“Thanks, buddy,” I said trying not to sound grossed out.
“We went shopping today,” my mom said. “You can keep the rest of the 20, we’ve got enough to get us by until I start a new job at the call center on Thursday.” My mom handed me a bag full of junk food. “I felt like spoiling you guys!” my mom said.
“Thanks, mom,” I said, sliding a couple candy bars into my pocket.
I had gotten comfortable at a poolside table. I was reading Catcher in the Rye via the large lamps that encircled the pool.
“Holden doesn’t go to the ranch.” I heard a voice call.
“The main character doesn’t go to the ranch in Colorado. There I ruined the ending.” A chair scrape along the ground. “Hi Valerie, remember me?”
“Oh yeah, Dexter! Hi!”
“What are you doing?” he asked.
“I live here.”
“No, I mean why are you out here? The mosquitoes can get pretty vicious, and you’re eating all that sugar.”
I smiled. “My mom wanted to celebrate getting a new job.”
“So she decided to give you all diabetes? Haha!”
“I guess so,” I said, pushing a can of soda in his direction. “There, now mosquitoes will love you too. I had to come out here, my brother decided to turn the living room into a gymnastics studio. It was really hard to finish my reading.”
“I’m an only child, well unless you count Russell.” He flipped open his phone and showed me pictures of him holding a brown rabbit. “My mom wanted to teach me some responsibility. So, a couple Easters ago I asked for a chocolate bunny in my basket and there was no candy, just this little guy.” He smiled and took a large gulp of the Dr. Pepper that I gave him.
After school the next day, I made my way to the swimming pool once again. It was after hours and I had forgotten to ask Dexter for his number. He was sitting with his feet in the water this time, his earbuds blocking out my attempts to reach him.
I walked over slipping off my sandals and sat down next to him. “So, I wanted to say thank you.”
“What?” he said sharply.
“Well,” my voice was quiet, “there was a pop quiz in English today and I know what happens at the end of the book. I got the question right, thanks!” I said smiling.
“Oh, you’re welcome.” He sounded annoyed.
“I’m sorry,” I said, putting my shoes back on.
“Valerie, wait. I’m sorry, it’s just tomorrow is a big day for me and I… “ he paused. “Sorry.”
I reached over and put my arm around him. I was struck by how cold he felt. His long blond hair was dry and hung wildly around his face and shoulders. He put his head on my shoulder. We sent like that until my mom called my cell phone and asked me to come inside.
“I have to go. Would you like to come too? My mom makes great cocoa!” I smiled warmly.
He shook his head. And then he walked the other way.
The next Saturday, I woke up to my little brother bouncing on my bed.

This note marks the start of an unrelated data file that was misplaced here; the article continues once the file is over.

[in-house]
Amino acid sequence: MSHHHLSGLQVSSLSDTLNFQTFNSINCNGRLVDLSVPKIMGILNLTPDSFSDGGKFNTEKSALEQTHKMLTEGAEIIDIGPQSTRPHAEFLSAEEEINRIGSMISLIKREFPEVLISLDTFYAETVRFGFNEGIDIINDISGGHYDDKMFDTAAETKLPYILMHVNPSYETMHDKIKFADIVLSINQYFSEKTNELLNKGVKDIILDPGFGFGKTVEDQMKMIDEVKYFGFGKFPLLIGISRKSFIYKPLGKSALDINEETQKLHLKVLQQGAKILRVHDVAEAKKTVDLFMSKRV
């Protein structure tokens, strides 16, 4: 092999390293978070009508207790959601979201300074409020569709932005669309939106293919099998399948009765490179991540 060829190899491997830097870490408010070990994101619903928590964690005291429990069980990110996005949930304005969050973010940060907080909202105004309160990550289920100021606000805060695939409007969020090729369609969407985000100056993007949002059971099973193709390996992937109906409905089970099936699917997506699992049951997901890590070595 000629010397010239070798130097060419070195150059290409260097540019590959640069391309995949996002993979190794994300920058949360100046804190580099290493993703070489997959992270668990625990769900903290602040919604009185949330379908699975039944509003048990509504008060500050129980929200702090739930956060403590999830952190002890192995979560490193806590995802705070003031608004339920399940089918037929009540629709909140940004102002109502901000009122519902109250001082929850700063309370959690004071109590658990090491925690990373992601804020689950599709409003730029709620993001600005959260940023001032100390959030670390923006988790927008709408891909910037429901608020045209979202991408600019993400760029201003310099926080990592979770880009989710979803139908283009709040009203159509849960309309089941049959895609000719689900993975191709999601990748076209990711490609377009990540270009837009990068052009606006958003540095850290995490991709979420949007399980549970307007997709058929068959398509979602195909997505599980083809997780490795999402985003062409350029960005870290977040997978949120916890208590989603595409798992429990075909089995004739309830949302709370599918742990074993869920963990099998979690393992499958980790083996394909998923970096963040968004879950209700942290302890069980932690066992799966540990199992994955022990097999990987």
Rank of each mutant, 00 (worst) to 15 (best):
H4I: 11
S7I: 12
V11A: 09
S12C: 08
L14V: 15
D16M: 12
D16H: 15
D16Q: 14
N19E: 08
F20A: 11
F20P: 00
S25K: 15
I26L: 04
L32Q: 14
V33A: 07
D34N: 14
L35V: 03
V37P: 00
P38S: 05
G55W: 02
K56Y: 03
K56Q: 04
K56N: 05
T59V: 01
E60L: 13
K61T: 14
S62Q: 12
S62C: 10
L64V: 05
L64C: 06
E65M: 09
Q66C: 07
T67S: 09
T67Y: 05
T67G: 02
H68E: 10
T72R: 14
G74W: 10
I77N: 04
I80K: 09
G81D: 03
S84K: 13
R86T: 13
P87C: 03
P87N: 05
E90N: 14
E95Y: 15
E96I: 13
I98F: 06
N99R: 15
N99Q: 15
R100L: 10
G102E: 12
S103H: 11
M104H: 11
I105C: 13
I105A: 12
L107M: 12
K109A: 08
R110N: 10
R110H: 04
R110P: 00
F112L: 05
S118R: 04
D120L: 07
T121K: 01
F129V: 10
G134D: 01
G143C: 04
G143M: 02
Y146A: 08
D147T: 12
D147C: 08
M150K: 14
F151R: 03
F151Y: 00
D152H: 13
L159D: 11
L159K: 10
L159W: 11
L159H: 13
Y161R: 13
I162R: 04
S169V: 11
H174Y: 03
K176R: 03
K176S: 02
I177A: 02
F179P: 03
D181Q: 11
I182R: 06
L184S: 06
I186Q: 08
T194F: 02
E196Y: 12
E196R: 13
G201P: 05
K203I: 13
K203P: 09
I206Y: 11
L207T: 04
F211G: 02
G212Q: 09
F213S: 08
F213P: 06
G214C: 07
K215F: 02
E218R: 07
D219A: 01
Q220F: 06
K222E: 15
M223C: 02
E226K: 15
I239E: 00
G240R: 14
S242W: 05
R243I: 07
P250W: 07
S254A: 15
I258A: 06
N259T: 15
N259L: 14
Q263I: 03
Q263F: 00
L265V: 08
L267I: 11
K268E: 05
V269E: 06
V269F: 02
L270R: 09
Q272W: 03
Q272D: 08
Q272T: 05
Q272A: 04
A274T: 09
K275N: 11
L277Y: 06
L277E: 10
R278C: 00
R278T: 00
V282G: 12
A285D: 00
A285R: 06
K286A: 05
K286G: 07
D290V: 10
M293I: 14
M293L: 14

“Hey Valerie!” he said, poking me with his tiny fingers, just barely missing my eyeball. “Momma says we get to go watch FOOTBALL!” He was wearing his New York Giants shirt.
“You’re about to pull my arm out of its socket!” I grumbled. “I’ll get dressed.”
I made my way down to the football field in my red tank top and white jean shorts, trying my best to be in school spirit. The woman with the macaroni and cheese hair must have spotted my family and I. She came over, gave me a hug, and guided me to the small corner of the field where there was a stone monument that simply read, “class of 2017.” There were a lot of stuffed animals, balloons, and flower arrangements that looked new.
“I just really didn’t want to shock you guys,” she said. Her smile was fading. “Last year, we had a student here. His name was Dexter, he was a sweet kid. At least I thought so. He must have fallen through the cracks. He fell into a bad crowd, and there are actually records of him reaching out for help, but no one would listen. His parents were going to get divorced, and it seems like if the teachers don’t like you, no one really cares.”
She took a deep breath. “His grades dropped, so they cut him from the football team. He got even more depressed, and one day he showed up here with an M16. No one knows how it got it. That’s the sweet kid. He killed 20 people and then himself. At first, everyone thought one of the football players was faking, you know blood can be hidden by red jerseys.” Tears trickled down her cheeks and she gave me a hug.
She whispered into my ear, “you see Dex sometimes, don’t you?”
I nodded. I bent down and placed an unopened can of Dr. Pepper amongst the other gifts before I got up and left trying not to cry.
I don’t know what I’ll do when I see that boy by the pool again.
Help is out there. Suicide 24-hour hotline: 1-800-273-8255